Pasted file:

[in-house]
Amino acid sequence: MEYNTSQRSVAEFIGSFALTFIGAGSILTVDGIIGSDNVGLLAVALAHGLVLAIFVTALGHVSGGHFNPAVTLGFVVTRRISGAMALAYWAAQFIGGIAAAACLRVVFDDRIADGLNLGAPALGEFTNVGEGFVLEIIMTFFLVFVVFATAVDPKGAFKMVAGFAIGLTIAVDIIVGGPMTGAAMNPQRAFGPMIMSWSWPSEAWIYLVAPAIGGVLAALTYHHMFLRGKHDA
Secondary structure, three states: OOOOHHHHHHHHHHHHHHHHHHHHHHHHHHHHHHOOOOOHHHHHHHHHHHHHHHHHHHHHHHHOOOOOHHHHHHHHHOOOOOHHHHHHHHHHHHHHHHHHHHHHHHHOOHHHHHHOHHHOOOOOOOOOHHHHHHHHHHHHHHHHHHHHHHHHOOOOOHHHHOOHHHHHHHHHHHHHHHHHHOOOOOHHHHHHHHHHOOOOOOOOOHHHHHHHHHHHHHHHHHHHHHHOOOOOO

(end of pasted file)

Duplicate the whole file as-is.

[in-house]
Amino acid sequence: MEYNTSQRSVAEFIGSFALTFIGAGSILTVDGIIGSDNVGLLAVALAHGLVLAIFVTALGHVSGGHFNPAVTLGFVVTRRISGAMALAYWAAQFIGGIAAAACLRVVFDDRIADGLNLGAPALGEFTNVGEGFVLEIIMTFFLVFVVFATAVDPKGAFKMVAGFAIGLTIAVDIIVGGPMTGAAMNPQRAFGPMIMSWSWPSEAWIYLVAPAIGGVLAALTYHHMFLRGKHDA
Secondary structure, three states: OOOOHHHHHHHHHHHHHHHHHHHHHHHHHHHHHHOOOOOHHHHHHHHHHHHHHHHHHHHHHHHOOOOOHHHHHHHHHOOOOOHHHHHHHHHHHHHHHHHHHHHHHHHOOHHHHHHOHHHOOOOOOOOOHHHHHHHHHHHHHHHHHHHHHHHHOOOOOHHHHOOHHHHHHHHHHHHHHHHHHOOOOOHHHHHHHHHHOOOOOOOOOHHHHHHHHHHHHHHHHHHHHHHOOOOOO